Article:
Many minds, one project: the American Folk Art Museum is a collection of multitudes. Marking the occasion of the Museum’s 60th anniversary, the displays on view mine this figurative expression as a metaphor for the vast breadth of the Museum’s holdings and its many creators. From its inception in the 1960s and gathering momentum over the decades, AFAM developed as a “collection of collections,” a result at once unified and expressive of numerous perspectives.
Omnipresent throughout the exhibition is the concept of multitudes as reflected in the artistic process itself—from gestures of repetition and seriality, as well as organizing acts of systematization, memorialization, inventory-taking, and the creation of casts of characters. Meanwhile, across the galleries, groupings prompt a consideration of art-making and collecting as aligned creative practices, each contributing to identity-formation and world-building. Presented non-chronologically, the works are visually clustered to reveal not only their individuality but also their commonalities and underlying patterns.
Moving across four centuries, AFAM’s collection brings together a rich array of voices, experiences, and mindsets, yielding a correspondingly diverse set of objects: community-based creations rooted in long-standing traditions; functional but highly aesthetic objects reflecting widespread popular practices; distinctive works by neurodivergent individuals made outside the purview of artistic peers; works as fragments entangled in lifelong private mythologies. Rejecting artificial and discriminatory boundaries prevalent in dominant art historical narratives, by which formally trained artists are often constrained, the identity of the Museum’s collection has been formed and reformed over the years by newly-added makers and fresh ideas. The idea of multitudes invites a meditation on the complexities of the Museum’s evolving and multifaceted collection as a larger whole, constituting more than the sum of its parts.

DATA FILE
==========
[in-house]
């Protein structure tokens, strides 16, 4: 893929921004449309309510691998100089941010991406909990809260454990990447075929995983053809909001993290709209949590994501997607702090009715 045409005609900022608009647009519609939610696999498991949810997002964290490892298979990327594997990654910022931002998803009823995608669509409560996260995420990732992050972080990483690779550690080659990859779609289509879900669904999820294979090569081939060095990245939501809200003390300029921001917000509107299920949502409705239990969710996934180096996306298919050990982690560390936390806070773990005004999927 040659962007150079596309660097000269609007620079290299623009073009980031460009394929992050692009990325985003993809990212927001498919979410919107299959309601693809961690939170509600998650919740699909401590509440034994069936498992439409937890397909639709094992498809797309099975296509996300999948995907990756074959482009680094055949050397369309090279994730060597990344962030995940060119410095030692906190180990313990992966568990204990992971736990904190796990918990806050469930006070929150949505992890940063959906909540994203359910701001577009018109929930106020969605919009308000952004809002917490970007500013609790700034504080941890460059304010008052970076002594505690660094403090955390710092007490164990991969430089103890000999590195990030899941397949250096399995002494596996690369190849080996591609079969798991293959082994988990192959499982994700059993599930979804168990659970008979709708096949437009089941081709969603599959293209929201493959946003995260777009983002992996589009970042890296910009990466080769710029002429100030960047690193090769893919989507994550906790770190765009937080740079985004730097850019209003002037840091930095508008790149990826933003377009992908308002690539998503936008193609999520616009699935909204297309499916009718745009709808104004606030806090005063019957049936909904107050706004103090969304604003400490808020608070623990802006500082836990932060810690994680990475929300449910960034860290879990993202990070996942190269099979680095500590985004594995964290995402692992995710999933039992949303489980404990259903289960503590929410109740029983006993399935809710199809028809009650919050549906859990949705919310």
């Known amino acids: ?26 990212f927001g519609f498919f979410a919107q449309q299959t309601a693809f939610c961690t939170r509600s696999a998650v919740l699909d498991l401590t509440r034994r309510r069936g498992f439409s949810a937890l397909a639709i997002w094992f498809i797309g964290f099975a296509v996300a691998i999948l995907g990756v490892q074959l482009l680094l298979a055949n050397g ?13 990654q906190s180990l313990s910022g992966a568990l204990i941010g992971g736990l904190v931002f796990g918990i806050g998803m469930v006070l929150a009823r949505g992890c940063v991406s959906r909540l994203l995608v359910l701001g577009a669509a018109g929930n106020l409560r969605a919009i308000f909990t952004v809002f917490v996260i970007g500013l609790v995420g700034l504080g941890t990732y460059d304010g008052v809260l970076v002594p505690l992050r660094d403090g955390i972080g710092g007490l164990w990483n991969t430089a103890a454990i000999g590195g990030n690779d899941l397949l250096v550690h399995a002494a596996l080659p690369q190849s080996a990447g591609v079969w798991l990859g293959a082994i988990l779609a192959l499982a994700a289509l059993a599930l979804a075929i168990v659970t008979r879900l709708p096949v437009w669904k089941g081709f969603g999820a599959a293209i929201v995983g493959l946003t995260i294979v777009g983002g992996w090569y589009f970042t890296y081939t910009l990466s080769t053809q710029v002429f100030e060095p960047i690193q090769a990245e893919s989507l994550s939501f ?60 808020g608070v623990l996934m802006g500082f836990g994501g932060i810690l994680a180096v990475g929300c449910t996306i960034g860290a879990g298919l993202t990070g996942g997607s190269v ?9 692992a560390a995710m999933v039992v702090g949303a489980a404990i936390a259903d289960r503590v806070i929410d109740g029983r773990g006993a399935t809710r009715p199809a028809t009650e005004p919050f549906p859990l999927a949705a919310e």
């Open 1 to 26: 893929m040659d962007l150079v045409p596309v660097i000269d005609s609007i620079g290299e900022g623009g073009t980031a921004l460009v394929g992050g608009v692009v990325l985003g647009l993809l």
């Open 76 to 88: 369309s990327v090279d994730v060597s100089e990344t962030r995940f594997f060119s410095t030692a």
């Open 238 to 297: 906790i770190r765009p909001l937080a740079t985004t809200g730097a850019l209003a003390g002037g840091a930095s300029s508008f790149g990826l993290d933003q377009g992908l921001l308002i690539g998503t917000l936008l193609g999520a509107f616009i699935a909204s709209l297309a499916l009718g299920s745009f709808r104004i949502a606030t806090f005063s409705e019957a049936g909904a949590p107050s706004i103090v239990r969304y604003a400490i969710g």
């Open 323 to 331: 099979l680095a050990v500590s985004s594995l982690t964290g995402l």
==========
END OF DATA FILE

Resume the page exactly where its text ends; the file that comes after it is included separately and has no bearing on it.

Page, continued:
Curators: Emelie Gevalt and Valérie Rousseau
This exhibition is supported in part by The Bresler Foundation, Fleur Bresler, the Juliet Lea Hillman Simonds Foundation, the American Folk Art Society, the David Davies and Jack Weeden Fund for Exhibitions, the Stacy C. Hollander Fund for Exhibitions, the New York City Department of Cultural Affairs in partnership with the City Council, and the New York State Council on the Arts with the support of Governor Kathy Hochul and the New York State Legislature.
Learning and engagement programming is sponsored in part by the Sparkjoy Foundation and Con Edison.
A special thank you to the many individuals who have gifted the artworks included in this presentation, as well as to Sadé Ayorinde and Steffi Ibis Duarte for their curatorial assistance.